And, I should probably be embarrassed that I love my mommy because "she sometimes wakes me up in the morning and sets my clock" and my daddy because "he makes me my lunches" when other kids are saying what wonderful parents they have in better terms. But, come on, I was only five and I did have to think up these things right as I got into class in the morning. Though, perhaps the best one was when I said it was my dad's birthday and I thought he was turning 55. I'm sure they laughed that one up in the staff room.
All of these things I wouldn't have had a hope remembering had I not saved everything, well, not everything, growing up. I have a whole binder dedicated to kindergarten and our teacher, Mrs. Dowie, typed up "our morning stories" where we told her one interesting fact each morning before entering her classroom and this would get sent home each night. We would have to circle words/letters that we were working on and have our parents sign it. Looking back, it's actually quite shocking some of the things we said and that she actually put in it.
I think, just looking at this, it is also quite shocking that I never though of being an archivist until I was 22. I mean, I have trees worth of paper products that I saved, even from things I didn't actively participate in but just saw or attended. Or people I knew.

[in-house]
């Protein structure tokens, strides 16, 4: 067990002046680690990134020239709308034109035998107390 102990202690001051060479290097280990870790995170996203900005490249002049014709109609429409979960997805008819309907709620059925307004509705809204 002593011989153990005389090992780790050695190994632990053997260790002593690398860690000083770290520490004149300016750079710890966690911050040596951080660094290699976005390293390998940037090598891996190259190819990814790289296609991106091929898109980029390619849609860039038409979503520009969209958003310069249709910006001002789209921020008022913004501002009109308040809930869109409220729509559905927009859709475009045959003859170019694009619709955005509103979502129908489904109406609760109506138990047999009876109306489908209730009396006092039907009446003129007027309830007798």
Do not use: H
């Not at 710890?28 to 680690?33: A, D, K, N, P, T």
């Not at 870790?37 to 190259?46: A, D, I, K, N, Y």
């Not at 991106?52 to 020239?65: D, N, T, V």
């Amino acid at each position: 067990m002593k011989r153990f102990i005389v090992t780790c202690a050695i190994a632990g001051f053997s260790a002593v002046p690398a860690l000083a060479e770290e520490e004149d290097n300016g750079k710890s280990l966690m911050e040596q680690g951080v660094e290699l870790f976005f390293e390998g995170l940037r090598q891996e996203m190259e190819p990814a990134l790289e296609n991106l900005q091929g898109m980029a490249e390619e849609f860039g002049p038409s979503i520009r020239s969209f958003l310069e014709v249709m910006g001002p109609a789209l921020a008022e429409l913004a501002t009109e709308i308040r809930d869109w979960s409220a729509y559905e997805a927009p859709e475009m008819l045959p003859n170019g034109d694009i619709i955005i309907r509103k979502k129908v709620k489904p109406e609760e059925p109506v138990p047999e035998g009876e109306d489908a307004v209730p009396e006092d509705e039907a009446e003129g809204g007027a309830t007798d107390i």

If only I could style my life after that girl who shredded everything that she ever wrote or was written about her. But, erasing oneself isn't always the answer, either. Perhaps I shall have to take up electronic blogging permanently!
Tuesday, June 19, 2007
It was fun reading about her second go at Dairy Queen, as I was the one who met Catherine Murdock down in Florida. That was my "break" during the FLA conference. In between learning about giving (or rather not giving) medical advice, gaming in the library, etc., I decided to fit in an author discussion. So, that was fun. And, very much more down to earth than when I met Julie Andrews in Boston. In my being stunned by the greatest that is Julie Andrews, I managed to tell her that I liked the illustrations in her book. Seconds later, I realized that she had nothing to do with the illustrations. I am a complete idiot.